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. Last Updated: 07/27/2016

In Training to Be Moscow Patriots

What is the origin of the street name Arbat? Can you trace it to a Russian word?


Where in Moscow is the Tower of Queen Sugumbeki? Where is the original tower located?


Schoolchildren no longer need to memorize Lenin's quotes but they must become experts on "their little motherland." Mayor Yury Luzhkov wants the city's students "to be brought up as patriots of the Russian capital," Education Ministry officials said at a recent press conference. To that end, primary and secondary schools have added Moscow Studies to their mandatory curriculums since 1994.


Eighth grader Irina Maltseva easily explained the etymology of Arbat -- a question in an ongoing "Moscow Studies Olympiad." Said Maltseva, "Some say that the word Arbat comes from the Tatar word arba, or wagon. However, it is possible that the Russian root is gorbat (crooked or hunchbacked) because the street is crooked."


She had more difficulty with the second question, but Nikolai Arsenyev, a ninth-grader from school No. 721, responded with enthusiasm, "The Queen Sugumbeki Tower is located at the Kazan train station, and its original is in Kazan."


The city-wide Olympiad began last September and will culminate with prizes awarded to the winners during the city's 850th anniversary celebrations this coming September. School teams compete through games, essays and research projects.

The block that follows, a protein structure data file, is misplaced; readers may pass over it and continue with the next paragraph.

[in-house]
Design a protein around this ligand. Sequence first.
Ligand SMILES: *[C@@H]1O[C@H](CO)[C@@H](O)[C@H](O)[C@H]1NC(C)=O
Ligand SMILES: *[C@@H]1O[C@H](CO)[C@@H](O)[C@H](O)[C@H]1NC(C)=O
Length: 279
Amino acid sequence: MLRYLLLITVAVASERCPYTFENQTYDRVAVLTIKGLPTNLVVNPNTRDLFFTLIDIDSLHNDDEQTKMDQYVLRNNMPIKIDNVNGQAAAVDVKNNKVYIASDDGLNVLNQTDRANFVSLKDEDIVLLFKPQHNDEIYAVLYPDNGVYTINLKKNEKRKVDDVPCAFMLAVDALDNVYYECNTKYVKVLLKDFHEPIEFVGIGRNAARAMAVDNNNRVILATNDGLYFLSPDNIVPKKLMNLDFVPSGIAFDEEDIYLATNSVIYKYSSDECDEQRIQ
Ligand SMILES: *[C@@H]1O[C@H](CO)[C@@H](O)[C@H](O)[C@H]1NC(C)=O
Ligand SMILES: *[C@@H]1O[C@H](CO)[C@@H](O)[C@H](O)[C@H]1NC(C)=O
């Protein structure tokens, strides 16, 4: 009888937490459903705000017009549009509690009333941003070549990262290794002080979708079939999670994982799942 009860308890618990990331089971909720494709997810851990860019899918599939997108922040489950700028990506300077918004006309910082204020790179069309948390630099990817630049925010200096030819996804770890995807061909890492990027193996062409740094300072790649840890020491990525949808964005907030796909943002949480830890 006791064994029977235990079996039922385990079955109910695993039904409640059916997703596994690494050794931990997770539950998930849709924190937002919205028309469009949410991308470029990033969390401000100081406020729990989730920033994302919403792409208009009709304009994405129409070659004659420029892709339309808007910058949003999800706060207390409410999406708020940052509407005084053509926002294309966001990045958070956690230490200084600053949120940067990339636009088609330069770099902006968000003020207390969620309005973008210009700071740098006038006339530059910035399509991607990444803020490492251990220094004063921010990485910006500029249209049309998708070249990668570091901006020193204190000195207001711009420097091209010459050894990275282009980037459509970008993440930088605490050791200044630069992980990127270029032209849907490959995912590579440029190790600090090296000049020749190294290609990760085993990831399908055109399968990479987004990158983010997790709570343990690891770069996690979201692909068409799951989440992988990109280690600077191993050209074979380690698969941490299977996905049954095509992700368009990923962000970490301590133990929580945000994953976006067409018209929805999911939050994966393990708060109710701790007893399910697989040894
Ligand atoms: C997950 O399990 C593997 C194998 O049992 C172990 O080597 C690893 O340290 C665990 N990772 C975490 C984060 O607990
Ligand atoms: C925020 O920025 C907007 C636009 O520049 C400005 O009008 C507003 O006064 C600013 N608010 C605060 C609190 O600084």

In the Moscow Central School District's ongoing game "My Moscow," competing teams walk through neighborhoods answering questions about the history of streets or buildings and identifying homes of famous Muscovites.


"The children get into these games so much that they find the oldest residents and ask them to show them the area and talk about the history," said Yevgeny Alekseyev, head of the Central School District.


Apart from classroom work on city history and geography, and the Olympiad, the most popular items are the city tours. "I really like learning about things I can see -- streets, museums, buildings -- and not invisible molecules," said Maltseva.


Alexei Petrov, whose daughter graduated from school No. 689 in 1996, admitted that he was not able to interest his daughter in the Tretyakov Gallery or Bolshoi Theater. "But after going on school trips for this course, she became interested herself, and even asked for a book on Moscow which has been on our shelf for years."


Some of the students are unable to afford the city tours. Boris Petrosyan's 10-year-old daughter, Marina, came home in tears one day because she couldn't buy a ticket for a city tour. "The tour only cost 20,000 rubles. But I simply did not have it. How can we even talk about something like this making my little girl love the city?" said Petrosyan.


New disciplines, such as Moscow Studies and Ethics and Ecology, have been introduced into school curriculums since 1994, "to make education relevant to the new life in Russia," according to Sergei Rusloparov of the Moscow Committee on Education. Moscow Studies "is an example of the new, more integrated approach to learning, which helps children see the entire picture: my city, my country in the context of the world," he said.


Tatyana Timofeyevna, the director of school No. 155, has had trouble finding teachers, however, for an interdisciplinary course like Moscow Studies -- an approach that did not exist in the rigid Soviet curriculum. "Though we have a geography and a history teacher, we do not have anyone to conduct this course, which requires a knowledge of art." The Ministry of Education offers training courses at their continuing education center, but most teachers at understaffed schools do not have time to go.